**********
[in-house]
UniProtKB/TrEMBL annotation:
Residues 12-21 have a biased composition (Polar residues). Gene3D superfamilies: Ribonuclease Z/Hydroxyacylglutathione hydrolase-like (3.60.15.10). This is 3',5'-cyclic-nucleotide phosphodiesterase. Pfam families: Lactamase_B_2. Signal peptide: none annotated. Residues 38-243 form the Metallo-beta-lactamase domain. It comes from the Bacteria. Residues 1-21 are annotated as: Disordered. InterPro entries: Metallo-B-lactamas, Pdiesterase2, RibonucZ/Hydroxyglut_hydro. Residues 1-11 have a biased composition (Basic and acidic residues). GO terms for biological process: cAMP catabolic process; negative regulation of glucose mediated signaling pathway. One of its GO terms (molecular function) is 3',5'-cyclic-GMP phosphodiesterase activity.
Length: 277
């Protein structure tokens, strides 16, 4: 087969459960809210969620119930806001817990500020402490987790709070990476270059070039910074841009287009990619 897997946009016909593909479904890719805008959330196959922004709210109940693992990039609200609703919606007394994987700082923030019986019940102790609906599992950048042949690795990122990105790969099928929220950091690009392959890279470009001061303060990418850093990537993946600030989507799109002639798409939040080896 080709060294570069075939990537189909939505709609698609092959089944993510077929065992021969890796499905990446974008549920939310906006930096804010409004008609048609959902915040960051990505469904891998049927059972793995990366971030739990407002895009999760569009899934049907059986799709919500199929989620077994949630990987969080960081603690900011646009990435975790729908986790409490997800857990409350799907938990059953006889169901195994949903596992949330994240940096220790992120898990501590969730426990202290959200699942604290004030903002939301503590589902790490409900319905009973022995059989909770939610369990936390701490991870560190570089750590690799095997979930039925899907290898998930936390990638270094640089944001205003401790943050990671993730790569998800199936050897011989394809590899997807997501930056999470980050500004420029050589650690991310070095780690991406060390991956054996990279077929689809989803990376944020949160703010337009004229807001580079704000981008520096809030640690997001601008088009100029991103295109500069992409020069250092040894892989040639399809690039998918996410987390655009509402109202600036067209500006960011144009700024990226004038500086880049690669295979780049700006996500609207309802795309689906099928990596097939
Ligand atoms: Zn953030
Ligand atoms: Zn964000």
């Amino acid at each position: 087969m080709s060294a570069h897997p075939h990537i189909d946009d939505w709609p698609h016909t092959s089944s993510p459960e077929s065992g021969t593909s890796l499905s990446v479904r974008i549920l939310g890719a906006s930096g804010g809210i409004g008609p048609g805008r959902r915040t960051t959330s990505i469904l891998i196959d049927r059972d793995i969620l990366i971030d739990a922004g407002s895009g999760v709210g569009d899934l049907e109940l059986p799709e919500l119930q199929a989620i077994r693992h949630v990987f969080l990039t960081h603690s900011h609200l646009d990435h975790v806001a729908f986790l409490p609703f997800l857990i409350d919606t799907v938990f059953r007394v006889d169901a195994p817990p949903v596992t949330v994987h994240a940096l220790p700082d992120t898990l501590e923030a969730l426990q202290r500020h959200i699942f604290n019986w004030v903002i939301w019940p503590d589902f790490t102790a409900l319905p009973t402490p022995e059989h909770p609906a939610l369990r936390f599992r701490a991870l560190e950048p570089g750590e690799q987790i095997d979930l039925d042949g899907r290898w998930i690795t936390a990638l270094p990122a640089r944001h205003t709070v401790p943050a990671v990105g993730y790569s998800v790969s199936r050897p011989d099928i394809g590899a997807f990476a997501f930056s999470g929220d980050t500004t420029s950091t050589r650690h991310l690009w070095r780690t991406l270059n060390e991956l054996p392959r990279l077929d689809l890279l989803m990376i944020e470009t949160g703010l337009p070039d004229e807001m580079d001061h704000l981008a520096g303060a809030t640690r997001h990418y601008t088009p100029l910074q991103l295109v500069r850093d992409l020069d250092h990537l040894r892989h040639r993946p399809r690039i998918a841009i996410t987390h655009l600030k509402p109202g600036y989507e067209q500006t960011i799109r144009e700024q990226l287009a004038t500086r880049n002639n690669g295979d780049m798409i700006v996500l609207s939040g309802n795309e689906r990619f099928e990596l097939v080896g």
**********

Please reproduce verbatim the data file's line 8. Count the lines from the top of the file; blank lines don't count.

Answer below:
């Amino acid at each position: 087969m080709s060294a570069h897997p075939h990537i189909d946009d939505w709609p698609h016909t092959s089944s993510p459960e077929s065992g021969t593909s890796l499905s990446v479904r974008i549920l939310g890719a906006s930096g804010g809210i409004g008609p048609g805008r959902r915040t960051t959330s990505i469904l891998i196959d049927r059972d793995i969620l990366i971030d739990a922004g407002s895009g999760v709210g569009d899934l049907e109940l059986p799709e919500l119930q199929a989620i077994r693992h949630v990987f969080l990039t960081h603690s900011h609200l646009d990435h975790v806001a729908f986790l409490p609703f997800l857990i409350d919606t799907v938990f059953r007394v006889d169901a195994p817990p949903v596992t949330v994987h994240a940096l220790p700082d992120t898990l501590e923030a969730l426990q202290r500020h959200i699942f604290n019986w004030v903002i939301w019940p503590d589902f790490t102790a409900l319905p009973t402490p022995e059989h909770p609906a939610l369990r936390f599992r701490a991870l560190e950048p570089g750590e690799q987790i095997d979930l039925d042949g899907r290898w998930i690795t936390a990638l270094p990122a640089r944001h205003t709070v401790p943050a990671v990105g993730y790569s998800v790969s199936r050897p011989d099928i394809g590899a997807f990476a997501f930056s999470g929220d980050t500004t420029s950091t050589r650690h991310l690009w070095r780690t991406l270059n060390e991956l054996p392959r990279l077929d689809l890279l989803m990376i944020e470009t949160g703010l337009p070039d004229e807001m580079d001061h704000l981008a520096g303060a809030t640690r997001h990418y601008t088009p100029l910074q991103l295109v500069r850093d992409l020069d250092h990537l040894r892989h040639r993946p399809r690039i998918a841009i996410t987390h655009l600030k509402p109202g600036y989507e067209q500006t960011i799109r144009e700024q990226l287009a004038t500086r880049n002639n690669g295979d780049m798409i700006v996500l609207s939040g309802n795309e689906r990619f099928e990596l097939v080896g």